Beaufort Sea polar bears decline in health, numbers: study

A 10-year study shows that polar bears in Canada's northwestern Arctic have declined in both health and abundance.
This undated file photo released by the U.S. Fish and Wildlife Service shows a sow polar bear resting with her cubs on the pack ice in the Beaufort Sea in northern Alaska. (Steve Amstrup/The Assocaited Press/U.S. Fish and Wild Life Service)

A 10-year study shows that polar bears in Canada's northwestern Arctic have declined in both health and abundance.

Although the decline has stabilized as the bears in the southern Beaufort Sea region find new food sources, scientists say scavenging whale carcasses isn't going to replace the loss of sea ice melted by climate change.

"We're pretty certain that polar bears can't survive in anything like current numbers or distribution without sea ice," said Steve Amstrup, co-author of the paper published Monday. "But as the sea ice changes, there might be some surprises in how prey availability is affected."

Amstrup and his colleagues looked at extensive data from the Northwest Territories, Yukon and Alaska from 2001 to 2010 that not only counted the bears, but assessed their health, age and cub survival.

Bears generally depend on eating fat-rich seals that they hunt from floating platforms on the sea ice.

Because of the shrinking ice in the Beaufort, which is warming faster than any other sea in the world, the team expected to find dropping populations.

"They projected dramatic population declines," Amstrup said. "It's apparent that those declines actually occurred."

The researchers found that bear numbers had fallen almost in half by the middle of the decade — "really harsh years for bears."

Between 2003 and 2007, only two of 80 cubs in one of the paper's datasets survived beyond infancy. Overall numbers of bears fell to about 900.

That decline appeared to have stopped in 2007. Nobody really knows why.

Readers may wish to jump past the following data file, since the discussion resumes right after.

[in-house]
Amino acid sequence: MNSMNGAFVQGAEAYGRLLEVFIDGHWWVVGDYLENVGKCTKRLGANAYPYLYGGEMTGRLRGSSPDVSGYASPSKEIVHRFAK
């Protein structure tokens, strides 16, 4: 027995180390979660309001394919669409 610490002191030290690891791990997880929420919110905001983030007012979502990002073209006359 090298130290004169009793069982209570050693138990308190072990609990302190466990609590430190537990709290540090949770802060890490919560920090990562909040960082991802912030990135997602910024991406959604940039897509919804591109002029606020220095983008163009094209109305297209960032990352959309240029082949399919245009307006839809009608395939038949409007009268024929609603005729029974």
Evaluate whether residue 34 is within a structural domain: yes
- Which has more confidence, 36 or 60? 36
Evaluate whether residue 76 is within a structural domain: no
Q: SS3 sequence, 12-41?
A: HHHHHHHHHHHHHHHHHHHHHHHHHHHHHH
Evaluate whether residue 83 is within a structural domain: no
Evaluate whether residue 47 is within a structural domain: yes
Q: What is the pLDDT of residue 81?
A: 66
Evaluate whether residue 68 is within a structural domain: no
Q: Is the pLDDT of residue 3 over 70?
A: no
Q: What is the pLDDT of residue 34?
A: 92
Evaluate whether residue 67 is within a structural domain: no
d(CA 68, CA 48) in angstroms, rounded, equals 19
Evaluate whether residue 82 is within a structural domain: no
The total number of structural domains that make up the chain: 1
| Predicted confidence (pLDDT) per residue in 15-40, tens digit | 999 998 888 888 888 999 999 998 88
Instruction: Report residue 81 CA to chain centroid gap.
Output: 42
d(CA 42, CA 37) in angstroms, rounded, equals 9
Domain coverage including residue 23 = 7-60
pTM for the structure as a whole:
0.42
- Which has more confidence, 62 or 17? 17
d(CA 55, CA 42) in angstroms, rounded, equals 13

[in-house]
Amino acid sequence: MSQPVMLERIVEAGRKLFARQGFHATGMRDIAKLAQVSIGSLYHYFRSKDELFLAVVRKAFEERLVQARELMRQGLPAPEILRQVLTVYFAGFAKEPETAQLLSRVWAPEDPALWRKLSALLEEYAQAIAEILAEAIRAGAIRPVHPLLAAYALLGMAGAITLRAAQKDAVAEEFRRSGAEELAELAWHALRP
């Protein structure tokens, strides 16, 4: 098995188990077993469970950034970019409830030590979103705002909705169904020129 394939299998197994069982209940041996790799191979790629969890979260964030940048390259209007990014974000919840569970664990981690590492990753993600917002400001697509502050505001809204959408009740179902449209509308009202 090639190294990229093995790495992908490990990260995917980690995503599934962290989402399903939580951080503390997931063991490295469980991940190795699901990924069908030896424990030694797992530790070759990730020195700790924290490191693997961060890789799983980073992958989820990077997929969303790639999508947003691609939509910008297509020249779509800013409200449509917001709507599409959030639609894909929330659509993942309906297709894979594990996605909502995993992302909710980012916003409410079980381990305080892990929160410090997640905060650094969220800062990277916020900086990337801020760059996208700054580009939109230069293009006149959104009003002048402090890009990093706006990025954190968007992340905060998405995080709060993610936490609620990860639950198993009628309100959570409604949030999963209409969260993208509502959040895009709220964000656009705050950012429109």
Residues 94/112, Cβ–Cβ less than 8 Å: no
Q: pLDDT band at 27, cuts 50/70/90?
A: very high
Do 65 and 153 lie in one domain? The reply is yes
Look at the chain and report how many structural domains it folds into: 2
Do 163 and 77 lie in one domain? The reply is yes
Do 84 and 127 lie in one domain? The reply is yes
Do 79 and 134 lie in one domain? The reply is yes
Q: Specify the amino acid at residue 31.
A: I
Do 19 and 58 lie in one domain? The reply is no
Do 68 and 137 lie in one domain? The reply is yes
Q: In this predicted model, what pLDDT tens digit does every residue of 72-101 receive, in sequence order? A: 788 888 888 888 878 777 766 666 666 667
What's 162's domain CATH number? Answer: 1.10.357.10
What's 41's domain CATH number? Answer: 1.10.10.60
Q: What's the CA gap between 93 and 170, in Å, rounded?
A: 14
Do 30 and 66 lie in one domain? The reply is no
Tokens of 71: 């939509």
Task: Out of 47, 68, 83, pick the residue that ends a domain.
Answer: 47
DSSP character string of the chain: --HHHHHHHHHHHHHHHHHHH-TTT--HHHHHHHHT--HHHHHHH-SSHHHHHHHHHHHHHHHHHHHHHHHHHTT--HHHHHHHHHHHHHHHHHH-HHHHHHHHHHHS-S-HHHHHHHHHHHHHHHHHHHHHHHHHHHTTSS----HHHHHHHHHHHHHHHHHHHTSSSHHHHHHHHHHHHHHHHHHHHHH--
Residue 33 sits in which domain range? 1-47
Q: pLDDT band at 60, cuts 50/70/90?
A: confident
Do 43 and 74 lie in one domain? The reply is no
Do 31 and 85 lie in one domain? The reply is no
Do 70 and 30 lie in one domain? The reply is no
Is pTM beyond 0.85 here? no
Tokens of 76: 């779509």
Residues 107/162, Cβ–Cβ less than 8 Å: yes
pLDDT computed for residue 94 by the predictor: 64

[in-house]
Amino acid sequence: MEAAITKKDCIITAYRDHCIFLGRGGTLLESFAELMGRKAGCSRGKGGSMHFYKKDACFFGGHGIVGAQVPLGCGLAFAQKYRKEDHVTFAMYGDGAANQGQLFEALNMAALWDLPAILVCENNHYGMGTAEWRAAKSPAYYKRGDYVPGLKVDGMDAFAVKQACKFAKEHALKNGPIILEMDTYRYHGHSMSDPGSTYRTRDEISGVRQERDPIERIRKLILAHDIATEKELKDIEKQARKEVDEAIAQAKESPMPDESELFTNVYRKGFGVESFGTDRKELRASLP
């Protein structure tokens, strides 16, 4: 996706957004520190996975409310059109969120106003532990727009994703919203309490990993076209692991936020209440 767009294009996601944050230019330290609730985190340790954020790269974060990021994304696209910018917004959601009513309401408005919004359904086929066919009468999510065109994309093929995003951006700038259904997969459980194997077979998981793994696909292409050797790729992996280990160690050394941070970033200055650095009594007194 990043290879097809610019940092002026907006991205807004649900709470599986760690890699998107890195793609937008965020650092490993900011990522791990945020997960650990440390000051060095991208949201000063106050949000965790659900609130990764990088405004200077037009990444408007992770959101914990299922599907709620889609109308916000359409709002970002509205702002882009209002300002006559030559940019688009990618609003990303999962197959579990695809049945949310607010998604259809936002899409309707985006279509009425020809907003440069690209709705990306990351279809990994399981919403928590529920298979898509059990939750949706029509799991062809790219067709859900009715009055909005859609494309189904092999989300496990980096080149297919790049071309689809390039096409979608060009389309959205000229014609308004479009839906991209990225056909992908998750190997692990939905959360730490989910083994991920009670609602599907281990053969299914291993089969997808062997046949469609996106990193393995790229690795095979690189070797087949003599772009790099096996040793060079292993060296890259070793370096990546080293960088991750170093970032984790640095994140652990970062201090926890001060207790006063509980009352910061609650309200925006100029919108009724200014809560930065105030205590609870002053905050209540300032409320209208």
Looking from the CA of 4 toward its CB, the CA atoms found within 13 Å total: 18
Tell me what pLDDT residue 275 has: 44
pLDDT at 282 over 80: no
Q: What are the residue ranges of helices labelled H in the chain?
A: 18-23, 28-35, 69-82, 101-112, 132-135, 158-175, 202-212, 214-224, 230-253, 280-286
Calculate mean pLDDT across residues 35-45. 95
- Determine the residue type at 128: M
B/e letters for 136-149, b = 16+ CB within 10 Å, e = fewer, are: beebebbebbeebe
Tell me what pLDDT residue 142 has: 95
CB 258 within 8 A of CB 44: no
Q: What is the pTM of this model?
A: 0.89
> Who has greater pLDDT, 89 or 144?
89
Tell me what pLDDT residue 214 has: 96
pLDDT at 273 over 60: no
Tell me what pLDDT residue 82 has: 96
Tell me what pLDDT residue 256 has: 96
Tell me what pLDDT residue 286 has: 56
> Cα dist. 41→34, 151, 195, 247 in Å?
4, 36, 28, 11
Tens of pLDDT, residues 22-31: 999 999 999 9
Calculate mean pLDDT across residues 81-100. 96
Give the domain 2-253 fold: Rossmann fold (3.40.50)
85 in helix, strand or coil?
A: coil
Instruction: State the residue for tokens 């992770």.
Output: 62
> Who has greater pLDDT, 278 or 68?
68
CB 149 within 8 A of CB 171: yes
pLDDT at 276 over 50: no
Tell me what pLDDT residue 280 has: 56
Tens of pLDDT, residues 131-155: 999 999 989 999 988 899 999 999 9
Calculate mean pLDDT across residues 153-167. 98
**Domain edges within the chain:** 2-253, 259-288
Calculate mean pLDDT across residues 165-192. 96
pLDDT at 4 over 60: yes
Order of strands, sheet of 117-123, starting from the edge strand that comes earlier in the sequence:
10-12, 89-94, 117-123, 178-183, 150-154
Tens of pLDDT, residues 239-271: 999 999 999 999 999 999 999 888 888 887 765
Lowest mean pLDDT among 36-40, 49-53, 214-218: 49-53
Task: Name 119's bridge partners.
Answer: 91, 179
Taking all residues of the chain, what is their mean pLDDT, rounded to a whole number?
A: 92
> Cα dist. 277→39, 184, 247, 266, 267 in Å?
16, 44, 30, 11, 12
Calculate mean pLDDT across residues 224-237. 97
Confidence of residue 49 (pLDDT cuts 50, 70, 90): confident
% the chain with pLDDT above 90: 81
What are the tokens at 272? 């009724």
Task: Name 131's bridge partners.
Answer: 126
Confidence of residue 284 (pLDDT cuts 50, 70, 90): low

Amstrup suggests that the bears found alternate food sources, such as scavenging bowhead whale carcasses left onshore after hunts by Alaska aboriginals.

"They butcher those whales on the beach and leave the scraps," Amstrup said. "Sometimes it's literally tons of scraps."

Declining sea ice doesn't help the bears' traditional prey much either. Poor ice and snow conditions leave ringed seal pups more vulnerable, and bears may be capitalizing on that, he suggested.

But that strategy for the bears will disappear as sea ice deteriorates further.

"Ultimately, if there's no sea ice at all, all of those opportunities go away."

Amstrup said the study is unusual in that it gives a broader and longer-term view than most bear surveys, which just provide a snapshot of numbers. Given its findings, he said, it sends an unsettling message about what could be happening elsewhere.

"We don't have any reason to believe that if we allow the sea ice to continue to decline, that we're not going to see effects like this in other parts of the polar bear range, where we haven't yet measured the cumulative effects of global warming.

"In the case of the Beaufort, we can probably expect continued declines."

Scientists have predicted global polar bear numbers to decline by about two-thirds by 2050. Last month, hunters in the southern Hudson Bay region agreed to reduce their bear quota over concerns about the size and health of the local population.

Four of the world's 19 bear populations are considered to be declining. Five are stable and there's not enough known about the others to judge.

There are between 20,000 and 25,000 polar bears in the world, most in Canada.